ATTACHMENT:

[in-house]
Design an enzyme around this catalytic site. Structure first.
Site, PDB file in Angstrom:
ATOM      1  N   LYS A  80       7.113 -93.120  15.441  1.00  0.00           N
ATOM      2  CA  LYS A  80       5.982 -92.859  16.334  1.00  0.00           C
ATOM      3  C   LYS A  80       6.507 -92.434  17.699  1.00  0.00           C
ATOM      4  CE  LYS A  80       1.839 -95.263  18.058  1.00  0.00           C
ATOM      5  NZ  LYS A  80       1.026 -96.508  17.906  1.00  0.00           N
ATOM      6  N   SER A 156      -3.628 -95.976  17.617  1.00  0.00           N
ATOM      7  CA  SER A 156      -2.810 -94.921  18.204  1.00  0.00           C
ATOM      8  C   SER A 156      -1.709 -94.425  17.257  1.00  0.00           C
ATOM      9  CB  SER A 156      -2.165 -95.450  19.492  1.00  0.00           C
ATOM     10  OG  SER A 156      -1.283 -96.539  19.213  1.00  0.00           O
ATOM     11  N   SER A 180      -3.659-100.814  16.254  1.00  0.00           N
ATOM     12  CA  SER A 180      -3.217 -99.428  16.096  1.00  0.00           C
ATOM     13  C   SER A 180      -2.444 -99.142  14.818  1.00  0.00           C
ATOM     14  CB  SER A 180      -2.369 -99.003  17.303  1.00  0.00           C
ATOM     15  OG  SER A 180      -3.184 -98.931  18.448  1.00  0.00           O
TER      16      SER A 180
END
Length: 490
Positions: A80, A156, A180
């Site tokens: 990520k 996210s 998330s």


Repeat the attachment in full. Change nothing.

[in-house]
Design an enzyme around this catalytic site. Structure first.
Site, PDB file in Angstrom:
ATOM      1  N   LYS A  80       7.113 -93.120  15.441  1.00  0.00           N
ATOM      2  CA  LYS A  80       5.982 -92.859  16.334  1.00  0.00           C
ATOM      3  C   LYS A  80       6.507 -92.434  17.699  1.00  0.00           C
ATOM      4  CE  LYS A  80       1.839 -95.263  18.058  1.00  0.00           C
ATOM      5  NZ  LYS A  80       1.026 -96.508  17.906  1.00  0.00           N
ATOM      6  N   SER A 156      -3.628 -95.976  17.617  1.00  0.00           N
ATOM      7  CA  SER A 156      -2.810 -94.921  18.204  1.00  0.00           C
ATOM      8  C   SER A 156      -1.709 -94.425  17.257  1.00  0.00           C
ATOM      9  CB  SER A 156      -2.165 -95.450  19.492  1.00  0.00           C
ATOM     10  OG  SER A 156      -1.283 -96.539  19.213  1.00  0.00           O
ATOM     11  N   SER A 180      -3.659-100.814  16.254  1.00  0.00           N
ATOM     12  CA  SER A 180      -3.217 -99.428  16.096  1.00  0.00           C
ATOM     13  C   SER A 180      -2.444 -99.142  14.818  1.00  0.00           C
ATOM     14  CB  SER A 180      -2.369 -99.003  17.303  1.00  0.00           C
ATOM     15  OG  SER A 180      -3.184 -98.931  18.448  1.00  0.00           O
TER      16      SER A 180
END
Length: 490
Positions: A80, A156, A180
């Site tokens: 990520k 996210s 998330s």